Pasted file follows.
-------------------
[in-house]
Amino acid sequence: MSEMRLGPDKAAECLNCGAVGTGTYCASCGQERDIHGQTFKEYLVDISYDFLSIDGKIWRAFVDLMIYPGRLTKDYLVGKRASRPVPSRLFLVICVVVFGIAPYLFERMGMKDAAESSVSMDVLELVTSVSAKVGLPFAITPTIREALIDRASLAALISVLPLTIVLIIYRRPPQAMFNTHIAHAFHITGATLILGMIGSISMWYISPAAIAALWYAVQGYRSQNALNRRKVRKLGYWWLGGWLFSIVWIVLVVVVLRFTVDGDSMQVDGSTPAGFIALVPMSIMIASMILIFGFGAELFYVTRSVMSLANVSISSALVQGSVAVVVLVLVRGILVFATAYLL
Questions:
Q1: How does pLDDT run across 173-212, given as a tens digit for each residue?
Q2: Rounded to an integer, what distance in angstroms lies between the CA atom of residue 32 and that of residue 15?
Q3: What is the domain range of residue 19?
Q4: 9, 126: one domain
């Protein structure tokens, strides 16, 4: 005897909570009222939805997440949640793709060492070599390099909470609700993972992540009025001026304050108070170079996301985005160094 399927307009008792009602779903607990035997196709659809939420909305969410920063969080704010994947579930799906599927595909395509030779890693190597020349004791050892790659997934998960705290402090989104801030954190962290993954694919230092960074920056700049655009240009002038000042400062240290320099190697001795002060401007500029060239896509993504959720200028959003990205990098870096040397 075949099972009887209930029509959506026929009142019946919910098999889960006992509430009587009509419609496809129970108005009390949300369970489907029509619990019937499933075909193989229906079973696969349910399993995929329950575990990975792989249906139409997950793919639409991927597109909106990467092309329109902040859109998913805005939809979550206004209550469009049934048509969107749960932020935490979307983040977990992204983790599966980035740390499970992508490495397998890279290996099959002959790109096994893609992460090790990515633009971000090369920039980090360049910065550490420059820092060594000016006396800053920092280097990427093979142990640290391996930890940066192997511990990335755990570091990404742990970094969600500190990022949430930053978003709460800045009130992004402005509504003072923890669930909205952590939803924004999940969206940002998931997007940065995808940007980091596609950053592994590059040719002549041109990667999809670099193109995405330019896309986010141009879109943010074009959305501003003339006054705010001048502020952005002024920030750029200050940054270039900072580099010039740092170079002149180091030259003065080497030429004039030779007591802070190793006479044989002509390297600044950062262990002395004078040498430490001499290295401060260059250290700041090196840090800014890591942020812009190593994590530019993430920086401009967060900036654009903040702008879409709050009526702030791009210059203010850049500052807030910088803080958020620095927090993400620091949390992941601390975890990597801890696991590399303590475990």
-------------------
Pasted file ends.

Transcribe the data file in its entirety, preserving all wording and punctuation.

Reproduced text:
[in-house]
Amino acid sequence: MSEMRLGPDKAAECLNCGAVGTGTYCASCGQERDIHGQTFKEYLVDISYDFLSIDGKIWRAFVDLMIYPGRLTKDYLVGKRASRPVPSRLFLVICVVVFGIAPYLFERMGMKDAAESSVSMDVLELVTSVSAKVGLPFAITPTIREALIDRASLAALISVLPLTIVLIIYRRPPQAMFNTHIAHAFHITGATLILGMIGSISMWYISPAAIAALWYAVQGYRSQNALNRRKVRKLGYWWLGGWLFSIVWIVLVVVVLRFTVDGDSMQVDGSTPAGFIALVPMSIMIASMILIFGFGAELFYVTRSVMSLANVSISSALVQGSVAVVVLVLVRGILVFATAYLL
Questions:
Q1: How does pLDDT run across 173-212, given as a tens digit for each residue?
Q2: Rounded to an integer, what distance in angstroms lies between the CA atom of residue 32 and that of residue 15?
Q3: What is the domain range of residue 19?
Q4: 9, 126: one domain
């Protein structure tokens, strides 16, 4: 005897909570009222939805997440949640793709060492070599390099909470609700993972992540009025001026304050108070170079996301985005160094 399927307009008792009602779903607990035997196709659809939420909305969410920063969080704010994947579930799906599927595909395509030779890693190597020349004791050892790659997934998960705290402090989104801030954190962290993954694919230092960074920056700049655009240009002038000042400062240290320099190697001795002060401007500029060239896509993504959720200028959003990205990098870096040397 075949099972009887209930029509959506026929009142019946919910098999889960006992509430009587009509419609496809129970108005009390949300369970489907029509619990019937499933075909193989229906079973696969349910399993995929329950575990990975792989249906139409997950793919639409991927597109909106990467092309329109902040859109998913805005939809979550206004209550469009049934048509969107749960932020935490979307983040977990992204983790599966980035740390499970992508490495397998890279290996099959002959790109096994893609992460090790990515633009971000090369920039980090360049910065550490420059820092060594000016006396800053920092280097990427093979142990640290391996930890940066192997511990990335755990570091990404742990970094969600500190990022949430930053978003709460800045009130992004402005509504003072923890669930909205952590939803924004999940969206940002998931997007940065995808940007980091596609950053592994590059040719002549041109990667999809670099193109995405330019896309986010141009879109943010074009959305501003003339006054705010001048502020952005002024920030750029200050940054270039900072580099010039740092170079002149180091030259003065080497030429004039030779007591802070190793006479044989002509390297600044950062262990002395004078040498430490001499290295401060260059250290700041090196840090800014890591942020812009190593994590530019993430920086401009967060900036654009903040702008879409709050009526702030791009210059203010850049500052807030910088803080958020620095927090993400620091949390992941601390975890990597801890696991590399303590475990």